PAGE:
Provided by Parenting Power
In a recent article, Dr. Tim Elmore shared insights about the rise in anxiety, depression and panic attacks in teens today. He suggests that many teens today live,
“Sedentary lifestyles: there are hundreds of hormones, enzymes, proteins, and chemical reactions happening while the body is physically active. It enables them to be mentally fit and emotionally stable.When kids are sedentary, these hormones are unable to do their work. In short, we are made to move—and we naturally struggle when sedentary.
Solitary lifestyles: students today are actually spending more time alone than past generations of youth.The portable device has overtaken the personal conversation. Screen to screen has overtaken face to face. Psychologist Jean Twenge concludes that the more students spend time in genuine conversations in the presence of people, anxiety levels drop.
and Stimulated lifestyles: teens today consume thousands of messages a day on social media, email, live interactions and other media outlets. Our brains were not meant to digest this much information. Consider this comparison: the average person today consumes as much information reading the Sunday New York Times as a person consumed during an entire year in the 19th century.”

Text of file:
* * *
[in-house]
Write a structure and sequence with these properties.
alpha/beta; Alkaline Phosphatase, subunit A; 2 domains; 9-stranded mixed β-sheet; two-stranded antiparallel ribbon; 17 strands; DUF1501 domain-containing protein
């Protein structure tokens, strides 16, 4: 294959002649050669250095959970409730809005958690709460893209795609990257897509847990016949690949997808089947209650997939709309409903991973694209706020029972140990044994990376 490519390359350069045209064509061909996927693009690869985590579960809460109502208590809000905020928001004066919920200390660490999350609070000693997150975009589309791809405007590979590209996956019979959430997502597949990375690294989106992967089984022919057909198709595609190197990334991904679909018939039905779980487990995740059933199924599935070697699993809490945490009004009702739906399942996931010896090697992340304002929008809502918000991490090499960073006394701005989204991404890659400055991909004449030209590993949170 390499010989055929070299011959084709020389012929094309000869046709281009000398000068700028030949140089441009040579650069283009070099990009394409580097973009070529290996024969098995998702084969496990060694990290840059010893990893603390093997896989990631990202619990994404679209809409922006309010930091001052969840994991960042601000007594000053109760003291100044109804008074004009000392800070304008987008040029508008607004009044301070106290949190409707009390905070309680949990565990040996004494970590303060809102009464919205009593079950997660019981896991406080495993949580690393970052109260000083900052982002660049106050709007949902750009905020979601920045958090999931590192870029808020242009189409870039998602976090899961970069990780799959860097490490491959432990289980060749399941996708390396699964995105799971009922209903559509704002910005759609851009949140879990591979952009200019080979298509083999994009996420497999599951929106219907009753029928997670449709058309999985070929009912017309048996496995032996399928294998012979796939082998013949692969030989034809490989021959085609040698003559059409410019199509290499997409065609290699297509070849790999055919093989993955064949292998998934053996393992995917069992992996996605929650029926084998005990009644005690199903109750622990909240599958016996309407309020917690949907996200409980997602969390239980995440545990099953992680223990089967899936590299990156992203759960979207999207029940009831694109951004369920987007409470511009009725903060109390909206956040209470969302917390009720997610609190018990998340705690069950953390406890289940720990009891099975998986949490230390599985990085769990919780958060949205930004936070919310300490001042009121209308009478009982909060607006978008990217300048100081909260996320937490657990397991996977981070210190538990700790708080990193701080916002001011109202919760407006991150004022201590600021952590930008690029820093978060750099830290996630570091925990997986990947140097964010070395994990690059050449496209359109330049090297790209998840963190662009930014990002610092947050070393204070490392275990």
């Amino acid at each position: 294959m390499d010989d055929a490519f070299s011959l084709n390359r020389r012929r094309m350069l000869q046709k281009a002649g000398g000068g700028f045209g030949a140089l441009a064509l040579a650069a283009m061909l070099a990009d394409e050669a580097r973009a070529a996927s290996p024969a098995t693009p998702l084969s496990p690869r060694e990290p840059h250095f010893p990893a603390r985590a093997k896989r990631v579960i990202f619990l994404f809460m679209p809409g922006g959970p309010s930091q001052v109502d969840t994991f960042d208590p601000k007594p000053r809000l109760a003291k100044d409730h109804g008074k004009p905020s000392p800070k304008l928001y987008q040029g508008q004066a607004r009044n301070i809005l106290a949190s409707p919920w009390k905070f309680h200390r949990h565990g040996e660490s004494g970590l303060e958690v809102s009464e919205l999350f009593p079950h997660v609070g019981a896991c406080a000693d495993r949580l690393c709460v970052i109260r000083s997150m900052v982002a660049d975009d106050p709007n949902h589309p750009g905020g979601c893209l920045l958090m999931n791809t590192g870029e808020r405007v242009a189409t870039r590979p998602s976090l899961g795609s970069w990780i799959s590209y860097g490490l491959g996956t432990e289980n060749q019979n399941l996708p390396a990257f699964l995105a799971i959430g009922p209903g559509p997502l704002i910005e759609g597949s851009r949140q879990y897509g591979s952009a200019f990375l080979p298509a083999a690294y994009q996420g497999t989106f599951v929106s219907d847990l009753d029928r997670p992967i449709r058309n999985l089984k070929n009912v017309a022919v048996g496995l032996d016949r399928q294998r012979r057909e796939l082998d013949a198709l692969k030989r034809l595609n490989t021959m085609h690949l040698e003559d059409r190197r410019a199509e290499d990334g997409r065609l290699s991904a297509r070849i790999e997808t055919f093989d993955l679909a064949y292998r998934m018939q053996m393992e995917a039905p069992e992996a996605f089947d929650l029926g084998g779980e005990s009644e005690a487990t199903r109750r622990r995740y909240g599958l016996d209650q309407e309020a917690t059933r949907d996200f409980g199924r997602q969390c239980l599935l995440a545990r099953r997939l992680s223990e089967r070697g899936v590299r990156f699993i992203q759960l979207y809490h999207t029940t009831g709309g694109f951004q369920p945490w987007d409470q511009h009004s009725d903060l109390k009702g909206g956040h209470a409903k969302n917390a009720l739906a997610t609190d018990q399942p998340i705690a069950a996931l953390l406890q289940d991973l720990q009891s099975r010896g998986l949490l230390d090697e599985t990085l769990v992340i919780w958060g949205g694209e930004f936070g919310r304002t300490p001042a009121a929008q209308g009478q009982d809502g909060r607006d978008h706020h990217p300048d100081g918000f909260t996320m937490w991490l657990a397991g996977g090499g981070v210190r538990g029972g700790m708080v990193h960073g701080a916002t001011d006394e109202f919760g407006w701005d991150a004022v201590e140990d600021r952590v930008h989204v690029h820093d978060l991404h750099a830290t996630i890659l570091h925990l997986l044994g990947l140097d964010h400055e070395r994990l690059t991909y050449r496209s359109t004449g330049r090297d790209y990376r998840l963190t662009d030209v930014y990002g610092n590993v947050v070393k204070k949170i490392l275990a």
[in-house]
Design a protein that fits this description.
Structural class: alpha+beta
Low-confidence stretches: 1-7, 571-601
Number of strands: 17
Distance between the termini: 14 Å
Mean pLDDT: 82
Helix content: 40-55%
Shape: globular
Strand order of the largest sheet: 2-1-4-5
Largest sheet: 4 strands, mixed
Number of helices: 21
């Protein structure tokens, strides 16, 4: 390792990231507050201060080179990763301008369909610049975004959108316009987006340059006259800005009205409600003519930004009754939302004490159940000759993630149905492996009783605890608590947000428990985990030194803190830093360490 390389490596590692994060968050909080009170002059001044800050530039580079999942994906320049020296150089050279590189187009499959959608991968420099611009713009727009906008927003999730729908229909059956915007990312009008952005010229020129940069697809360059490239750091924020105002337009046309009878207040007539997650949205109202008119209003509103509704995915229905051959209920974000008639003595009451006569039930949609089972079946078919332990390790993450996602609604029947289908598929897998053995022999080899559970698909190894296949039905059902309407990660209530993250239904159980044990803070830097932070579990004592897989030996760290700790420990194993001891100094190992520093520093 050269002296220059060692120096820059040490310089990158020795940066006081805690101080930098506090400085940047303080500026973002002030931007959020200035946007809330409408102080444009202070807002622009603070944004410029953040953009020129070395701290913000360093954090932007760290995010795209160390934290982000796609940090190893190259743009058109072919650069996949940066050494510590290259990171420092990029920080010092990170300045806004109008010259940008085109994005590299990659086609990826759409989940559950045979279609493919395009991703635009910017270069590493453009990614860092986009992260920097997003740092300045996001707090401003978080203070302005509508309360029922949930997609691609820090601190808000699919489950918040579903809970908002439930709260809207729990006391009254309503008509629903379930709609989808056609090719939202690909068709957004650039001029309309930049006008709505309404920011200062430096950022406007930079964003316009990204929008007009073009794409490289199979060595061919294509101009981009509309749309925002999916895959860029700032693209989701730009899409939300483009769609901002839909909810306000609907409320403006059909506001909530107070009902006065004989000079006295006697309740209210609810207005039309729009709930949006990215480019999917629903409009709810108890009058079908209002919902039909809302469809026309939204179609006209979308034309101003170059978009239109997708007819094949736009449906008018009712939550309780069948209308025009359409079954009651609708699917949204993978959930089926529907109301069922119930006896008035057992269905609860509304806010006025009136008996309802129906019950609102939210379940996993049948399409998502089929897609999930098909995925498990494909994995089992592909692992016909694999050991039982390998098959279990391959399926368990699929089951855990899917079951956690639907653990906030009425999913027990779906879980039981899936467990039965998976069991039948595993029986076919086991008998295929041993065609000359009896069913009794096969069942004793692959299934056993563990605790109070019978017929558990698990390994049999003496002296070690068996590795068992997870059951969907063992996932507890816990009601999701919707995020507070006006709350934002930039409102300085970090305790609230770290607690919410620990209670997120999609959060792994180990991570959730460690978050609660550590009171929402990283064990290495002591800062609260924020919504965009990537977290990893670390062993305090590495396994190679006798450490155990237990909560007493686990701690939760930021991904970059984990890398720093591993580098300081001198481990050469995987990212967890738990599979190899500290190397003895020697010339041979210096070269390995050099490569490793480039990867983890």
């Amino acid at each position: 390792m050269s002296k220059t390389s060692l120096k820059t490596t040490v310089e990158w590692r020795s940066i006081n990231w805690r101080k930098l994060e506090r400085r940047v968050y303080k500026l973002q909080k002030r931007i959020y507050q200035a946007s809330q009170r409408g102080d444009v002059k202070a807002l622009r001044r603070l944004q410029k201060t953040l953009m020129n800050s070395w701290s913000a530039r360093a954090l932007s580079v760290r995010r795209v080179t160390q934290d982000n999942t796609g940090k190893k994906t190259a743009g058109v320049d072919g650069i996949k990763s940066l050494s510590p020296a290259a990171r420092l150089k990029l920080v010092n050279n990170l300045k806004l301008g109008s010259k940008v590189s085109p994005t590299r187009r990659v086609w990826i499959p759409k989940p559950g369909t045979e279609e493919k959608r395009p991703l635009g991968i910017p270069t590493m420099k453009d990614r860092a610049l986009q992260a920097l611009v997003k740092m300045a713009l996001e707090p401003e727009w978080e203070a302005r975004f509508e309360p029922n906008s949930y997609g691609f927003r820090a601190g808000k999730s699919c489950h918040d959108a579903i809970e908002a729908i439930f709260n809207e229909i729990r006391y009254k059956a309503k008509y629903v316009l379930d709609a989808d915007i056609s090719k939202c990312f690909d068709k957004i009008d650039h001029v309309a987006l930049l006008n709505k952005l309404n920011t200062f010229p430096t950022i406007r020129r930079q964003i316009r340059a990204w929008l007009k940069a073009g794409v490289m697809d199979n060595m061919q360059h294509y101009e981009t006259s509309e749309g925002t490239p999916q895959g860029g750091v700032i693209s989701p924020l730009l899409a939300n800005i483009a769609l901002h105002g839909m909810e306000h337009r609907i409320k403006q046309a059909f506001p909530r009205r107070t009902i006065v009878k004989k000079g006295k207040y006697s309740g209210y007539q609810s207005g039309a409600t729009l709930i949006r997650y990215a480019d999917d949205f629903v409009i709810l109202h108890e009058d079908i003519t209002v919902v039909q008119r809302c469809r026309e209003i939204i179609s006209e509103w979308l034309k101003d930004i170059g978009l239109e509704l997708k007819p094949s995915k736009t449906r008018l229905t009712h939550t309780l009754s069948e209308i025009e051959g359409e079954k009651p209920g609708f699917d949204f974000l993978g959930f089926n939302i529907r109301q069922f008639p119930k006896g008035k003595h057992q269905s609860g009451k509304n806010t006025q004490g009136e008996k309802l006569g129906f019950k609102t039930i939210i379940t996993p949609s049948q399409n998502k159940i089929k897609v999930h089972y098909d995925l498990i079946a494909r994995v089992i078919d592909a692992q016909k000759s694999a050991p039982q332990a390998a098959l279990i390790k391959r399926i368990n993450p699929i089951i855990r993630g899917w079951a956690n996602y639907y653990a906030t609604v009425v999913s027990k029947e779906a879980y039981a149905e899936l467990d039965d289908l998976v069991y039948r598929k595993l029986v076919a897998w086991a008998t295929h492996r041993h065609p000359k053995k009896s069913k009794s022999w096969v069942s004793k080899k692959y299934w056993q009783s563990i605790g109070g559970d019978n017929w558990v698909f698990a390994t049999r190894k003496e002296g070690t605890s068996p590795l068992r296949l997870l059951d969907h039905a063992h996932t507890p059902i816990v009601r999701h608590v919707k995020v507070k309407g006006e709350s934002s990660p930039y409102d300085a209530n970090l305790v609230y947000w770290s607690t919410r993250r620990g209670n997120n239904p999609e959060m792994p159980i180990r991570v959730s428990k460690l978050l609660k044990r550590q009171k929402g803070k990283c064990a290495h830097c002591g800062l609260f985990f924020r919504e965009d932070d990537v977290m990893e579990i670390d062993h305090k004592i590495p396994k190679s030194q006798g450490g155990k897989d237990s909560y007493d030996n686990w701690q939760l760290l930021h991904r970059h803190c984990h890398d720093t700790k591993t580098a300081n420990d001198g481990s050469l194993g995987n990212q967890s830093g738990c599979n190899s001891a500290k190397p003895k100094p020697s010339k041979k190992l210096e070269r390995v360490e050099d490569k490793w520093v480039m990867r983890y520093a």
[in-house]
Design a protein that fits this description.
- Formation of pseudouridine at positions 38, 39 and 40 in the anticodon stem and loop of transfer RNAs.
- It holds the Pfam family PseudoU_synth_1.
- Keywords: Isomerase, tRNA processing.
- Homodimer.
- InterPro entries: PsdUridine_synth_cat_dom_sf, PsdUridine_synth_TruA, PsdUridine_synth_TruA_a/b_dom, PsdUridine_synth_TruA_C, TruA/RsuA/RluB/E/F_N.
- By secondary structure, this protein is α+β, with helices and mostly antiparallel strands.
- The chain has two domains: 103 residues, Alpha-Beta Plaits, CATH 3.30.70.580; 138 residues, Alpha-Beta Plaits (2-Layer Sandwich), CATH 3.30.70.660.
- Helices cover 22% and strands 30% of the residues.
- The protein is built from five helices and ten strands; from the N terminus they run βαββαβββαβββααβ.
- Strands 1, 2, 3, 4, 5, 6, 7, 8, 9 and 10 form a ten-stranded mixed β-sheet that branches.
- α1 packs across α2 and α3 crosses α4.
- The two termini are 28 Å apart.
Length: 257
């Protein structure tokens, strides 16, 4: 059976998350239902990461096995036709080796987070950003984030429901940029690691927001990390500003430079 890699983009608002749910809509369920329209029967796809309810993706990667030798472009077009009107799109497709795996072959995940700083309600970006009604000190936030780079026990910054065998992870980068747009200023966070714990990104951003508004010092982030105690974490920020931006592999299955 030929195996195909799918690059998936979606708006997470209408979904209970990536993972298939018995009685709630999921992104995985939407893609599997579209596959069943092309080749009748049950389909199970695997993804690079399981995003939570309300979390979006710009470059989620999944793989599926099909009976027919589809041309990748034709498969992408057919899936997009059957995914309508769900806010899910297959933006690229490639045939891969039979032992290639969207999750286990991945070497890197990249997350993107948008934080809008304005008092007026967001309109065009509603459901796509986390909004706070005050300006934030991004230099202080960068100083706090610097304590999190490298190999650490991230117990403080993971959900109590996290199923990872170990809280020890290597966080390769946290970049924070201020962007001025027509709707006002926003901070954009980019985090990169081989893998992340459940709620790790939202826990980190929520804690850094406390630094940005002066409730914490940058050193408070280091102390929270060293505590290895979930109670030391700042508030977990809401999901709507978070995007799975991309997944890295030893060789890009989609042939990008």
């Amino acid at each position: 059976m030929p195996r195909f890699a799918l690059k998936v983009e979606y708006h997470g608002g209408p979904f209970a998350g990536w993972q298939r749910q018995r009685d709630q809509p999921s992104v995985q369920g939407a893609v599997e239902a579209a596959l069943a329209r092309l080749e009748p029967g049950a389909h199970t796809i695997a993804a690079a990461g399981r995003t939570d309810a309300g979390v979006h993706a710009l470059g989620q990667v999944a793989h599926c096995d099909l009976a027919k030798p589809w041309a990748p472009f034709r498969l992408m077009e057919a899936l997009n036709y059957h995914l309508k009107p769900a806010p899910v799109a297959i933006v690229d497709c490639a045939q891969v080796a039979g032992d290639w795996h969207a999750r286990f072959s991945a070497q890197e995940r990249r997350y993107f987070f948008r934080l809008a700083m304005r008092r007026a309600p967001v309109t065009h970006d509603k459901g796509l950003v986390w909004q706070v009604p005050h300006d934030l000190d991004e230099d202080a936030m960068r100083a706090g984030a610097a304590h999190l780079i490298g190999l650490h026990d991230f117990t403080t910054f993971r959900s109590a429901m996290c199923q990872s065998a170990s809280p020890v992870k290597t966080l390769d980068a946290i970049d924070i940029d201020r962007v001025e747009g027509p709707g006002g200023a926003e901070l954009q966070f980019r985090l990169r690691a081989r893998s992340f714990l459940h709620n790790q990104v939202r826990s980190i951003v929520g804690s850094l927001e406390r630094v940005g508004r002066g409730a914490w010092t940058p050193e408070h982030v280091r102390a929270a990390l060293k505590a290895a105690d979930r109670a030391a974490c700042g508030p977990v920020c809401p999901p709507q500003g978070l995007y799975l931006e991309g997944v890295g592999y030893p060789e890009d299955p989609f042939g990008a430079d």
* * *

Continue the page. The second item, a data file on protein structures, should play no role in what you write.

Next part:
While these are generalized observations, they are worth considering. Dr Elmore sums it up by saying that,
“Sedentary lifestyles leave them overweight.
Solitary lifestyles leave them over-indulged.
Saturated lifestyles leave them overwhelmed.
We must get them moving. A good rule of thumb is to match the hours they have in front of a screen with that many hours in physical activity.
We must get them face-to-face with people and off their phones. One good rule is to match the hours they have on a screen with the same hours socializing in-person.
We must offer them free time to play and control their time. One good rule could be to insure they limit social media time to two hours or less daily.”
And let’s go one step further to look at what our parental behaviour is modeling for our children.
This week, ask yourself these questions:
Are we sedentary? How often are members of our family moving?
Are we solitary? Are we having face-to-face conversations regularly?
Are we involved in screen-free free time?
Learn more from Julie and Gail at parentingpower.ca!